Music : The Wagner Chorale Christmas Present
It was like old times at the Vallejo Drive Seventh-day Adventist Church in Glendale Saturday night, where the Roger Wagner Chorale presented another of its cherishable Christmas programs. The audience was sprinkled with alumni from past chorales--and though Wagner was forced to conduct from a wheelchair this time, the veteran maestro displayed plenty of his usual feisty charm.
But nostalgia was hardly the only force at work here. More than four years after his stormy retirement from the Los Angeles Master Chorale, Wagner continues to remind us from time to time of his matchless ability to draw sound from a group of mixed voices.
One was transported to the not-so-distant past by the clear, bright, dynamically flexible singing from this 35-voice group--with every word crisply enunciated. Even when working with such compact numbers, Wagner continues to draw a much richer bass sound from the men than do choirmasters with much larger forces.
Wagner also put together a canny, mostly unhackneyed program with a clear historical progression--sung either a cappella or with William Beck’s support at the pipe organ. Starting in the Renaissance with the “Hodie Nobis” of Nanini and two versions of “Hodie Christus Natus Est” by Sweelink and Palestrina, Wagner worked his way up to the buoyant “Magnificat” that has been attributed to Pergolesi.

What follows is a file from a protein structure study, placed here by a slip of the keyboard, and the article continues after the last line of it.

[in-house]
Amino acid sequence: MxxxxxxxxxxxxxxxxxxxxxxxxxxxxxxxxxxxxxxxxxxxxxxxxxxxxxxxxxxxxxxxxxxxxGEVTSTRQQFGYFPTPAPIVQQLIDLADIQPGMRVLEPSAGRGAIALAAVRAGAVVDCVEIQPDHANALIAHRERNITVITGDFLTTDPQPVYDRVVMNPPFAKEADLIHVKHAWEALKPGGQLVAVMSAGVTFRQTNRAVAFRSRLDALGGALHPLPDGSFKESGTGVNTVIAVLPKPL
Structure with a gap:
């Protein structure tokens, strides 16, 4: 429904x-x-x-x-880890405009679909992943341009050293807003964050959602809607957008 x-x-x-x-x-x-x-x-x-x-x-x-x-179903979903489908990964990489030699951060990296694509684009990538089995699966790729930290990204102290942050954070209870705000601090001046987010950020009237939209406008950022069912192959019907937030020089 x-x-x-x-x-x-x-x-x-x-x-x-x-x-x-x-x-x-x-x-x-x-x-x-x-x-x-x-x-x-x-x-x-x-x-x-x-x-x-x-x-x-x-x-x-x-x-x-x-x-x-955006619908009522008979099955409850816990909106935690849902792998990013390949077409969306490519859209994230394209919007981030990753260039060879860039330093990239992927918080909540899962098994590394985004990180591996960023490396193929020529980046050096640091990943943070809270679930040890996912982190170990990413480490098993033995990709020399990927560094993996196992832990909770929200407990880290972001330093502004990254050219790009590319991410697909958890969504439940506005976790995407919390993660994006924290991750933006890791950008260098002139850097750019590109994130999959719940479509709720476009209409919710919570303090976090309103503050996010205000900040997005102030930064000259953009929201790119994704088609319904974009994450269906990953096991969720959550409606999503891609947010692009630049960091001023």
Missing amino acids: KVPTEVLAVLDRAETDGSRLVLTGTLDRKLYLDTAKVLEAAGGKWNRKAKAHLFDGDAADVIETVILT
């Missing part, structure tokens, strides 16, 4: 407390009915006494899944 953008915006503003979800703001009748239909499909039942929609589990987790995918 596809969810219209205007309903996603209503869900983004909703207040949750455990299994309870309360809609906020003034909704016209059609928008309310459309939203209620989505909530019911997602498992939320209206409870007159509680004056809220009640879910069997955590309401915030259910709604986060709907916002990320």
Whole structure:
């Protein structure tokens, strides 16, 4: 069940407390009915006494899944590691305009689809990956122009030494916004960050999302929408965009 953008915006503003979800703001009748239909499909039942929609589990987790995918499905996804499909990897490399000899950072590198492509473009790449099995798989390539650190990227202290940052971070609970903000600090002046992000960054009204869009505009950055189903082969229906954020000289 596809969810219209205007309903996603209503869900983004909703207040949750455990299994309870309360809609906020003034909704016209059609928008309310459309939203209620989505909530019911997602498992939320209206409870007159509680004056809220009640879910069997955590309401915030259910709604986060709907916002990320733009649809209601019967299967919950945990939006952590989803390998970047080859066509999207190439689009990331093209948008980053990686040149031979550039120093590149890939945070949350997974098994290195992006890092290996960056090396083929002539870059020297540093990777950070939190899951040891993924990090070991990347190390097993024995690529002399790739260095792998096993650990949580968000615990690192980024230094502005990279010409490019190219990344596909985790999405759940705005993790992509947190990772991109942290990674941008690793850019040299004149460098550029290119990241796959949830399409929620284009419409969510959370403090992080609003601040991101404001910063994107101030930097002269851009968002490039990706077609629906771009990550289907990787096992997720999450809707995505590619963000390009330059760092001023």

Berlioz’s wonderfully plaintive, fragile “L’Adieu des Bergers” from “L’Enfance du Christ,” though rushed in the first two verses, paid off with a hushed, broader third verse (only to have the organ end in a different key). Moving into our century, Wagner followed Leo Sowerby’s moody, harmonically sophisticated arrangement of “The Manger Carol” with Daniel Pinkham’s sometimes tough, sometimes brightly syncopated, always interesting “Christmas Cantata.”
The more familiar Christmas fare was saved for the second half. Wagner’s own “The Christmas Story According to St. Luke"--written for a Tennessee Ernie Ford television special many years ago--was a modest concoction that conveniently laced together several well-known carols with tasteful organ interludes and hyperdramatic narration by Burton York.
Also in the second half, pianist/composer Jan Sanborn accompanied the chorale in her touching song, “No Longer a Baby,” and the chorale deftly handled the off-kilter meters of John Gardner’s “Tomorrow Will Be My Dancing Day.” Two delectable encores wrapped up the package--"He Is Born” and “Carol of the Bells.”